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City Council raises Chicago minimum wage to $13 by 2019

The City Council on Tuesday approved Mayor Rahm Emanuel’s plan to boost Chicago’s minimum wage to $13 an hour by mid-2019, while efforts in Springfield to hike the state’s rate and apply some brakes to further city increases fizzled at least until January.

In an overwhelming 44-5 vote steeped in aldermanic and mayoral re-election politics, Emanuel and supportive council members sought to frame their move as a way to lift out of poverty children in thousands of families, many led by single mothers.

“The minimum wage is speaking to making sure that nobody who works raises a child in poverty,” Emanuel said. “The minimum wage…really comes down to making sure that your child does not go to school on an empty stomach (or) making sure that you don’t pick between medicine or school supplies.”

Addressing the council after the vote, Emanuel at times appeared to be delivering a re-election speech. He called the minimum wage only part of his comprehensive economic strategy that includes education, affordable health care and opportunities for people to learn skills to put them on a career path at a well-paying job.

At one point, while boasting that business interest in Chicago remains strong, the mayor went so far to say that the city was tops in gaining foreign investment and corporate relocations and has the No. 1 “Little League team” — a reference to the national champion Jackie Robinson West squad.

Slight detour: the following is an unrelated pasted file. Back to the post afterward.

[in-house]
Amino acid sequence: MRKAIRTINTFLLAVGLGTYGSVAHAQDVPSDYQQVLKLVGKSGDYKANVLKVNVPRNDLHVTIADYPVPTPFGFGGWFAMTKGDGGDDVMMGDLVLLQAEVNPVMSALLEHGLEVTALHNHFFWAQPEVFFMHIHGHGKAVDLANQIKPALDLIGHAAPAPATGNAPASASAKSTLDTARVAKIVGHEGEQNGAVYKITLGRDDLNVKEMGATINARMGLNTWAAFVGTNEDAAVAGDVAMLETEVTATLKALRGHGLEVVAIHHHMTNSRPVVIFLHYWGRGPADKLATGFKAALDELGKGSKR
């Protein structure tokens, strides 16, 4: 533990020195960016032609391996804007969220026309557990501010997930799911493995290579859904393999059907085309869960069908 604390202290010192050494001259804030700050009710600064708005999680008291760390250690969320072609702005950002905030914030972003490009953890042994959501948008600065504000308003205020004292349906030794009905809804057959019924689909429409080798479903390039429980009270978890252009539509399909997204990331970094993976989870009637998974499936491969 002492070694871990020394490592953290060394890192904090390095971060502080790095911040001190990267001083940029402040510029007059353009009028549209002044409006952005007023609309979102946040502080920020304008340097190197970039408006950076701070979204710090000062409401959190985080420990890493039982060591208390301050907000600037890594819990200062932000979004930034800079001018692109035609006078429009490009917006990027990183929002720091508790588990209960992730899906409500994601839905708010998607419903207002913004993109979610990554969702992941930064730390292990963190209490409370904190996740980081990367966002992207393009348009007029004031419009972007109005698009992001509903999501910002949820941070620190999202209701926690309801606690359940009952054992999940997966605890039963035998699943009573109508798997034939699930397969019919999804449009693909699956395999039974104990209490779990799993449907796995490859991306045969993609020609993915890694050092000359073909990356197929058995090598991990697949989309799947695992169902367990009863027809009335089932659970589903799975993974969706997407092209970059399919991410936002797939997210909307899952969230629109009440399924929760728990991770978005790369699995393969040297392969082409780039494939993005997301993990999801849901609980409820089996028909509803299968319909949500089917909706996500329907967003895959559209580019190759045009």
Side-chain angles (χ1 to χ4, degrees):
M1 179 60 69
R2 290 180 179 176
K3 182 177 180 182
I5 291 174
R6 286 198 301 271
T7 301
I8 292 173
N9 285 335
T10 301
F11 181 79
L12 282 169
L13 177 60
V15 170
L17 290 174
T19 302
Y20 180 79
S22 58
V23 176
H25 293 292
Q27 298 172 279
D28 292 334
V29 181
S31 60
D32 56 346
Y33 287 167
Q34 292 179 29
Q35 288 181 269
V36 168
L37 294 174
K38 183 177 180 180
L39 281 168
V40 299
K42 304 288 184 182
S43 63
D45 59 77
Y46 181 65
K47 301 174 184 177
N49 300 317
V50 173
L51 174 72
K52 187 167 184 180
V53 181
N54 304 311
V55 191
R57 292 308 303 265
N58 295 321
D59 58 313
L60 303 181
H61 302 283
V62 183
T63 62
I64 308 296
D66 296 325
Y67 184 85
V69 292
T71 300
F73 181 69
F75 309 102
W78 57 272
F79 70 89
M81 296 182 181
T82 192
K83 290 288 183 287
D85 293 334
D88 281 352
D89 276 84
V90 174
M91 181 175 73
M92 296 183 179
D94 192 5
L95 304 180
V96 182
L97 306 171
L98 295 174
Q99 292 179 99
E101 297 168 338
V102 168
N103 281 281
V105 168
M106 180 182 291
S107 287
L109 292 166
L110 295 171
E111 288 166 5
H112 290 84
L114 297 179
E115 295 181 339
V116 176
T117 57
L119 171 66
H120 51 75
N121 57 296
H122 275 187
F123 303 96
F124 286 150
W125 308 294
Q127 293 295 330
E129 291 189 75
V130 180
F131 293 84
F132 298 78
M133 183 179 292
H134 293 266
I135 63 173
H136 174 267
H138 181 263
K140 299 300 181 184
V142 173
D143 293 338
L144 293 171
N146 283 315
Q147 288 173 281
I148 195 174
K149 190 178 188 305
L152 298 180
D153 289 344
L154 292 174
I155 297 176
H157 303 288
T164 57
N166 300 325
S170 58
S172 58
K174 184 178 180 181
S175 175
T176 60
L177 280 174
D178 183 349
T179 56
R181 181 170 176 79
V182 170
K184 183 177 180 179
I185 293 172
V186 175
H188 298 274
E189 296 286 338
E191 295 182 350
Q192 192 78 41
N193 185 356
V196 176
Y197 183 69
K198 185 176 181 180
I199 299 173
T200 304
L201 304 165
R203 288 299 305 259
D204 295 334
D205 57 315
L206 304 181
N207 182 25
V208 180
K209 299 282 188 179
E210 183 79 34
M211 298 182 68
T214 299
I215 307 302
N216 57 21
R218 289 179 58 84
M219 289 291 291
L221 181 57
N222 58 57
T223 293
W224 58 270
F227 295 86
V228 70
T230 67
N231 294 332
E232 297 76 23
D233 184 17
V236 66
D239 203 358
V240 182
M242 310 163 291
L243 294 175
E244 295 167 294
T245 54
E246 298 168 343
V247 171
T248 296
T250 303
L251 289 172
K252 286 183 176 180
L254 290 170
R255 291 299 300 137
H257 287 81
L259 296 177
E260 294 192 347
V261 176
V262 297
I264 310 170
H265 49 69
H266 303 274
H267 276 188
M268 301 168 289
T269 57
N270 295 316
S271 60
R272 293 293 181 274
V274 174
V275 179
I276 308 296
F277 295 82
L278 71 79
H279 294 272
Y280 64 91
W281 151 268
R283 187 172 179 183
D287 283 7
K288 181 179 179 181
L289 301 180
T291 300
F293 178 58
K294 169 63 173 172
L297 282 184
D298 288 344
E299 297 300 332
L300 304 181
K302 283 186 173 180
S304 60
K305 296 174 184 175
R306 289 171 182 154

At the same time, Emanuel sought to discount his re-election bid in pushing the politically popular wage hike issue, saying if it was only about elections, the rate would increase during each campaign season.

“They’re going to make the decision based on a whole series of things,” Emanuel said of voters in the Feb. 24 election. “They’re going to make a decision on the fact that are we doing the things necessary to grow the economy, create jobs, create also the quality of life we want to see in every neighborhood of the city of Chicago. They’ll evaluate that.”

But Cook County Commissioner Jesus “Chuy” Garcia, a mayoral challenger, contended politics was the motive behind Emanuel’s effort to prod the council to act.

“For a mayor who is fond of saying he makes tough decisions, I think we have a right to ask why he did not make an easy one. Why didn't he support a minimum wage hike during his first year in office,” Garcia asked in a statement. Garcia promised to boost the wage to $15 an hour if he is elected.

Ald. Robert Fioretti, 2nd, another mayoral challenger, voted for the Emanuel plan but raised similar questions.

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